Wednesday, 20 November 2013

No Man's Land

I have had a series of discussions this week around the logistics of the sale of our house and the purchase of a different property. I keep coming up against decisions right now - big decisions - that I often feel ill equipped to make - information is thrown at me and I find it hard to concentrate - to focus - to figure out the right thing to do. And smack up against this was something particularly unwelcome yesterday that inspired the most deeply seeded fury. A meeting with an official at the bank - where I have been a client since I was sixteen years old - and my partner who has been connected to them for about two minutes (he banks elsewhere) in which every comment was directed away from me - when the primary topic was the funds that I practically killed myself to earn over the course of my career. As far as he knew - I was no one - and my partner, who he happened to recognize from the radio - was the important one. Until he actually looked at my recent tax returns and saw what I had earned, asking me in disbelief if I still earned that salary. His condescension, his dismissal of me - should not come as a surprise - been there, done that - but still it was probably the most humiliating moment of them all - explaining myself to some low-level minion who isn't even in a position to make a decision without appealing to his corporate masters for help. Why is it that some men continue to assume that when a man and a woman walk into a meeting - you - the female in the room - are like some useless piece of furniture? And how does one stop feeling the fury of it all - the incredible frustration - the fatigue of knowing this behaviour will go on and on and on. Money talks - but doesn't drown out the braying of men - the sound of their own voices echoed back to one another - insulting, demeaning, inappropriate - but a movie reel that does not end. The fact is I am no longer a wage earner and therefore I am nothing. I may have assets but I am not one - at least not in that person's eyes. I wish I could say I could let it go, but I can't - it chafes - insult to injury - yet another comeuppance that I have to absorb. I want to scream that I am still here - I am somebody - I deserve better than that. Because of course what I feel is bigger than that moment - about something entirely different - a symptom of where I routinely find myself - teetering on the periphery of life with no useful purpose anymore - nothing to redeem myself on paper - no evidence right now that I ever had anything to offer. That is what all of this has reduced me to - buried in no-man's land - but not gone yet.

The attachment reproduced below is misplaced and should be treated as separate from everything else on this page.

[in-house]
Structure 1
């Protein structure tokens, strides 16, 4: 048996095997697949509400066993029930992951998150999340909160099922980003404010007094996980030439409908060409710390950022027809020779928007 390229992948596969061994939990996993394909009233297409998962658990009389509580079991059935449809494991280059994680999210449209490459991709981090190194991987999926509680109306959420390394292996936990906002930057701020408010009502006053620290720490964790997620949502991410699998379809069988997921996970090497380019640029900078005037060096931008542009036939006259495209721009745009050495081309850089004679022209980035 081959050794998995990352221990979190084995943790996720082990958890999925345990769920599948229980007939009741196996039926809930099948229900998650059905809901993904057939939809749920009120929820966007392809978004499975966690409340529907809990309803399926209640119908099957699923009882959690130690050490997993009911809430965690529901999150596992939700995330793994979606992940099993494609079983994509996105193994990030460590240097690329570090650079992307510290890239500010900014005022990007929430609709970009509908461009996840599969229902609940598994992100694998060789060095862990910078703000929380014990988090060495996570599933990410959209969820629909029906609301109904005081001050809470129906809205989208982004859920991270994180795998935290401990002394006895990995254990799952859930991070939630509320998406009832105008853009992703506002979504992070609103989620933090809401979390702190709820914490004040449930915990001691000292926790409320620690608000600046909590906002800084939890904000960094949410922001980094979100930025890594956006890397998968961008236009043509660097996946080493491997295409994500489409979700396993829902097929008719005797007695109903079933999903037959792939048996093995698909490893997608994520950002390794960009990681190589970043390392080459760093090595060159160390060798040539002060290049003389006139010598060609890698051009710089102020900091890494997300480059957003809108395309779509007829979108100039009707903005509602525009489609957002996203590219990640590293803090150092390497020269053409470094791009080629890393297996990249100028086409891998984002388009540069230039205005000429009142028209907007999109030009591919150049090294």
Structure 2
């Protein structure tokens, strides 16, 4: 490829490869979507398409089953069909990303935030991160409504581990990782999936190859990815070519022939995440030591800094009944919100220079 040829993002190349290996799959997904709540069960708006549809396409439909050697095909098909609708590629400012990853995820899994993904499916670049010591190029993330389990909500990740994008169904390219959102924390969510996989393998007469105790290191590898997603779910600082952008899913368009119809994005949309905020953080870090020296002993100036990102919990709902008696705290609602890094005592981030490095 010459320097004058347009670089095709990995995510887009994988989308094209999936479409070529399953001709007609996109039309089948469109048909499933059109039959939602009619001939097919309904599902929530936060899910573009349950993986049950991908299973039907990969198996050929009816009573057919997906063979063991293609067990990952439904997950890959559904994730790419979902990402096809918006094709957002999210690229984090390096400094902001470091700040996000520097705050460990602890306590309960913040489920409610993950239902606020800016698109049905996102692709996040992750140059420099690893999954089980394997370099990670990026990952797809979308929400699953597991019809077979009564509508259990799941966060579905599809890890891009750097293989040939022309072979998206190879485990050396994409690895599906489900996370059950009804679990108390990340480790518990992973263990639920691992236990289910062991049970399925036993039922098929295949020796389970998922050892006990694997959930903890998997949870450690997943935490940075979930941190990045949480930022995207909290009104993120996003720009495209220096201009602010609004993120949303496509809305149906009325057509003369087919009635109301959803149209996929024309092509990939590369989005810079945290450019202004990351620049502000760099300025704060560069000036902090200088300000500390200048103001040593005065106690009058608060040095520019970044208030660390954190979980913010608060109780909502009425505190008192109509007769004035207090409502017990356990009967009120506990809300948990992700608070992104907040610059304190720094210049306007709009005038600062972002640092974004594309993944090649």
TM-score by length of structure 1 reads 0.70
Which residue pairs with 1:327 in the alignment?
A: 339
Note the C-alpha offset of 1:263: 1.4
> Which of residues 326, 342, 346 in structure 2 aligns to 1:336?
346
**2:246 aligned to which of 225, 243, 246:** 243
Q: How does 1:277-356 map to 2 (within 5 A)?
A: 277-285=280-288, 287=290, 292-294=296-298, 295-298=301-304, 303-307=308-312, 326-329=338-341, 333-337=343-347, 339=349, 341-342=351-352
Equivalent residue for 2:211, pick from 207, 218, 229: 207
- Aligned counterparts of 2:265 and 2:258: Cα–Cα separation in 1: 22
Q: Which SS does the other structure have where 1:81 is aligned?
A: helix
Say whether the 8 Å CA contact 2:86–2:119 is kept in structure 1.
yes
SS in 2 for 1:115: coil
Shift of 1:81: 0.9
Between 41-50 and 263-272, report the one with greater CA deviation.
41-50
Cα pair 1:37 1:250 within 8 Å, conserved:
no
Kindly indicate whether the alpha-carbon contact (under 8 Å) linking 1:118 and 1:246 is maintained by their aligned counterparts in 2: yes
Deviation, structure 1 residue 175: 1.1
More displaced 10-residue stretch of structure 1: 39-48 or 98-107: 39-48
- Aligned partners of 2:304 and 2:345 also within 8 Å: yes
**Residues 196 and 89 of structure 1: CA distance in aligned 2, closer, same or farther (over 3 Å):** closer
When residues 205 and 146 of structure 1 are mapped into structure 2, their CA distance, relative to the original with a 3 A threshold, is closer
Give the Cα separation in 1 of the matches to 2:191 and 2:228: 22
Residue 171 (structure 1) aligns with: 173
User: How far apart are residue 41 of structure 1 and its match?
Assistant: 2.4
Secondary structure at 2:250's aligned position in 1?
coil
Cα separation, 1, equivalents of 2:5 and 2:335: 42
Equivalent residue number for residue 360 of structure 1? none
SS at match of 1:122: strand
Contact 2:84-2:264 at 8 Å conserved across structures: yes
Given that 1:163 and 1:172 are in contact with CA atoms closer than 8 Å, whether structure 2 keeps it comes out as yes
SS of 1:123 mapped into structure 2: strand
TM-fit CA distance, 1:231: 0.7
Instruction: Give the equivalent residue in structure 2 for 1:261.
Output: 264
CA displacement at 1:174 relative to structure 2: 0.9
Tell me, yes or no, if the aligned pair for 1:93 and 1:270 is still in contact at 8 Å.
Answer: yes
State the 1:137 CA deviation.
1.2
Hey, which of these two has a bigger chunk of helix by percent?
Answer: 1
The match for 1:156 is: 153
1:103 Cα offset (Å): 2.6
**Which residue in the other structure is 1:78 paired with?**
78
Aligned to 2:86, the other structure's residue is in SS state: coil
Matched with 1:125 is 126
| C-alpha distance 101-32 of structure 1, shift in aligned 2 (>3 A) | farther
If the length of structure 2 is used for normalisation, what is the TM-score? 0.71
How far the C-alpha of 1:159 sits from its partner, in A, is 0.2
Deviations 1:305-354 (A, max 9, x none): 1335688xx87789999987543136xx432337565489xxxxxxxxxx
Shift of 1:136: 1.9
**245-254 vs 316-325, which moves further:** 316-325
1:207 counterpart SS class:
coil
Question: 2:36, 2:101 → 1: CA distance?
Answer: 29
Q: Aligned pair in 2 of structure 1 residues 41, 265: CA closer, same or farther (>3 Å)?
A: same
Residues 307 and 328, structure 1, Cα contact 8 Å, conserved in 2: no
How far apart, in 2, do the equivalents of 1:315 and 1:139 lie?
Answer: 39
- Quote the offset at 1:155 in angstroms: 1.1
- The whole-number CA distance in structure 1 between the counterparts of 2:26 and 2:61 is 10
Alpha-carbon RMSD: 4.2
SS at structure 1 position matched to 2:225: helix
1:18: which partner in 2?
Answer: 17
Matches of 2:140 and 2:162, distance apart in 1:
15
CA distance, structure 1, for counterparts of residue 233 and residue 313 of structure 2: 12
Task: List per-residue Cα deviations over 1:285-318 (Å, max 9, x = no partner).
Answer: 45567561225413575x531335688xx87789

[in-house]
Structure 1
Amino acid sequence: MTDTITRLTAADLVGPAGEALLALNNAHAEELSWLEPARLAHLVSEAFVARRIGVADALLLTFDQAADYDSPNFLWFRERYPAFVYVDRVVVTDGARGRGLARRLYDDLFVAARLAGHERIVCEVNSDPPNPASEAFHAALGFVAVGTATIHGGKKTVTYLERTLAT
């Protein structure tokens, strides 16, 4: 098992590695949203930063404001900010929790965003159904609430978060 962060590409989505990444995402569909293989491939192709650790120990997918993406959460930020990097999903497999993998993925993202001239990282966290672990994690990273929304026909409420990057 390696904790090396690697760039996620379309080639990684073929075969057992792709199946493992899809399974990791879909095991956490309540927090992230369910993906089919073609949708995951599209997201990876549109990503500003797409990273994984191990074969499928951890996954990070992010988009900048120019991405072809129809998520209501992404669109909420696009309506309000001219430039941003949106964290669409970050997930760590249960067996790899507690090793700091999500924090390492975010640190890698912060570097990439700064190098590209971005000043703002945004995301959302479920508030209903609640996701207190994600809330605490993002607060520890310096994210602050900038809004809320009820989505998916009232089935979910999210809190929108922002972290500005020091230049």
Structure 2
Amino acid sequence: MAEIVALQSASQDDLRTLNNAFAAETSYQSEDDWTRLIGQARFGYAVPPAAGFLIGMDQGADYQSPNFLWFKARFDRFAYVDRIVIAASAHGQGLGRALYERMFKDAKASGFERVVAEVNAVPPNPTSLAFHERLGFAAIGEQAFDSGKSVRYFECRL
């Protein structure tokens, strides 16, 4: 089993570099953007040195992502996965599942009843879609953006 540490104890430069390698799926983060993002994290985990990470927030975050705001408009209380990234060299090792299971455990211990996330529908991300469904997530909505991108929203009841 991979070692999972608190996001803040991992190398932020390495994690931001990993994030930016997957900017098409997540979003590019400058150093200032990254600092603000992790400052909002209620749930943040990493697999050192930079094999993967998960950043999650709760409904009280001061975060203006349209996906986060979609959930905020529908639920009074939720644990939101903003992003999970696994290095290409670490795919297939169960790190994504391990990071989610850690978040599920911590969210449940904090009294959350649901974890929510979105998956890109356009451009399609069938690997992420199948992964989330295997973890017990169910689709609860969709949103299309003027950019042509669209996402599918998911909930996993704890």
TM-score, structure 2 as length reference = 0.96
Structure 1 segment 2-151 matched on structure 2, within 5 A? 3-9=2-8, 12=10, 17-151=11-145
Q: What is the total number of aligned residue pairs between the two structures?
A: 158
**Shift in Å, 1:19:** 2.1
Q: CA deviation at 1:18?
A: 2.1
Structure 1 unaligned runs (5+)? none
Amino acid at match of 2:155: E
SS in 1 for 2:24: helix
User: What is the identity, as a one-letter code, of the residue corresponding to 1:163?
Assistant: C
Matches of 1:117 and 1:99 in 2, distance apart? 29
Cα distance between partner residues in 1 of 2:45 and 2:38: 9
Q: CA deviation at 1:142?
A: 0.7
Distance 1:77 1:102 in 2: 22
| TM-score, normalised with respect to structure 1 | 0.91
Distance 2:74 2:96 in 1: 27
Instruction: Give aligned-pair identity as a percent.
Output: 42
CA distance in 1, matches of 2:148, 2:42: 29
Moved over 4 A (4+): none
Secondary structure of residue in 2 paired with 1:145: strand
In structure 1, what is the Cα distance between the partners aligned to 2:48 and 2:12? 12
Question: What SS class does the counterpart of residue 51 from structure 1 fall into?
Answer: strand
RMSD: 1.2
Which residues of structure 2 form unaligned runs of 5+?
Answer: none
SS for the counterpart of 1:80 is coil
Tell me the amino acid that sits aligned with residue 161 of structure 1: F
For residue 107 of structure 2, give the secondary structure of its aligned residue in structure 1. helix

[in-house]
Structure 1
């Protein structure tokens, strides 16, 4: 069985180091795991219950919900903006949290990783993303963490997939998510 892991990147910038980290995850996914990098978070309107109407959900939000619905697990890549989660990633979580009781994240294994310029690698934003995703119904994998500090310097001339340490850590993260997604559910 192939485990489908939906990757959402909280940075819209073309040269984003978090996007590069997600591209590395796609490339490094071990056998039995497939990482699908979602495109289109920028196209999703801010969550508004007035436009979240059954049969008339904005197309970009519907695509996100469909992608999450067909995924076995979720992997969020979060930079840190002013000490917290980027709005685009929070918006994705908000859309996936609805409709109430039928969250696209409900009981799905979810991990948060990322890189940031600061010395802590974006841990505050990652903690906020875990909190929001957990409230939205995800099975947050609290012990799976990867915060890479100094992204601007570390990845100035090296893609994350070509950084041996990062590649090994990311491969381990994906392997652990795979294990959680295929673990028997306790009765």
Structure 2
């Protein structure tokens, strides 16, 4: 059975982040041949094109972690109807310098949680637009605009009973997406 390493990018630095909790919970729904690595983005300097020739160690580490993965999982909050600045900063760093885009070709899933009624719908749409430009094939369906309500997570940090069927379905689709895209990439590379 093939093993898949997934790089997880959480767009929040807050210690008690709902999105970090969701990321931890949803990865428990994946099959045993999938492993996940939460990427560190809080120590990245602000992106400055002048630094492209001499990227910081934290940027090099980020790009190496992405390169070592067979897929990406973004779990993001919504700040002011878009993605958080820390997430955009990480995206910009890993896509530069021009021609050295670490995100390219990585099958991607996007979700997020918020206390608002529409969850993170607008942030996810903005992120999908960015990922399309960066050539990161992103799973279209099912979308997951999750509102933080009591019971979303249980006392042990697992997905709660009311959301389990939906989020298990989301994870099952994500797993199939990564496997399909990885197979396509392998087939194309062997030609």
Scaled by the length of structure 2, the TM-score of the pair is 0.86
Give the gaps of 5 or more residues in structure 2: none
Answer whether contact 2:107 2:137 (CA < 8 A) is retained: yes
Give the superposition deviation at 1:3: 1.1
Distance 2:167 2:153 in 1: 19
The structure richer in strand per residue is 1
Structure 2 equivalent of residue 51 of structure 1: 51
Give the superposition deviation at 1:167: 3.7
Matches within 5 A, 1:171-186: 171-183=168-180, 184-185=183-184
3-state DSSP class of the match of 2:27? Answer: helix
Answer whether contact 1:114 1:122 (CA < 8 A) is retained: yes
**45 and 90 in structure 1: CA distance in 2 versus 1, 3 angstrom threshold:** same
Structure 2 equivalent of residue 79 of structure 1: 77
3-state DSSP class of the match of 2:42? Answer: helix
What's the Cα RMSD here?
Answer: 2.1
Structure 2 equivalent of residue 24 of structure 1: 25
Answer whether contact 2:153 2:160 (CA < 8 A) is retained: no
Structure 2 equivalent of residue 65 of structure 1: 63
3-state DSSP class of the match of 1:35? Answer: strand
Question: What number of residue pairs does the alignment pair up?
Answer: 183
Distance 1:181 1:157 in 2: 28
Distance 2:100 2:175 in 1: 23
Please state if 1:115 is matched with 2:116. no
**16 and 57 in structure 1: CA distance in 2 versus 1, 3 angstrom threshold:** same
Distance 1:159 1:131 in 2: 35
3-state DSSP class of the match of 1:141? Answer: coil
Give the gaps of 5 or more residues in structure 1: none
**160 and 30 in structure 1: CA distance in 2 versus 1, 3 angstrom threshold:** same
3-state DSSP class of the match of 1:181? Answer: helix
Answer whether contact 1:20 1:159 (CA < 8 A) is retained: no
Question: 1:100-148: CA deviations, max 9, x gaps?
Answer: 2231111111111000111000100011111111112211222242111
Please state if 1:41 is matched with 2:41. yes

6 comments:

  1. I would do what you do best -- "write". Write a letter to the bank. I hear if you submit complaints or praises regarding employees to their company website....it goes high up the chain. I know of two particular cases where one employee was fired and one employee was given an award just by a letter to the website contact. Think of all the interest payments on just even your mortgage -- that they have made off of you. So as a lovely human being you are and as a past paying customer...you should not have been treated like that at all! Beck

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  2. Good suggestion, my Beck...up until now had a great person working with me but unfortunately she was ill and couldn't make the meeting...xo

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  3. That reminds me of my time car-shopping with my husband. The numerous salesmen who said I should look for cars with larger backseats ''for the children'' and that women usually only cared what colour the car was..?? I said I didn't care if it was freaking rainbow! Oh yeah, and I wanted a small, zippy car and definitely didn't want children. . Our society's sad reliance on patriarchy makes my blood boil.

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    1. Good grief...I would say I am glad I am not alone in feeling this way - but I don't think it is much to celebrate that this kind of behaviour continues. Earth to men...hello...

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  4. I've been in the right seat in that bank meeting. My wife, who has always earned at least equal (and often more) my annual income, was faced with a mortgage "manager" who insisted on directing all conversation my way. She's an accountant; I'm a sea captain. She's at home most of the year; I'm away for about half of it. We had already decided SHE should conduct all the negotiations. Mr. mortgage manager would have none of it until I said, "You have 30 seconds to figure out who the household money manager is here. If you fail to reason that out correctly I will recommend that we take our business elsewhere since at least 1/2 of this financial mortgage-bond-buying resource will have no confidence in your judgement."
    This is a small part of a much longer story but it caused some momentary long faces. You have every reason to be furious.

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    1. Thanks for your note, Dave - sometimes one has no choice but to speak up!

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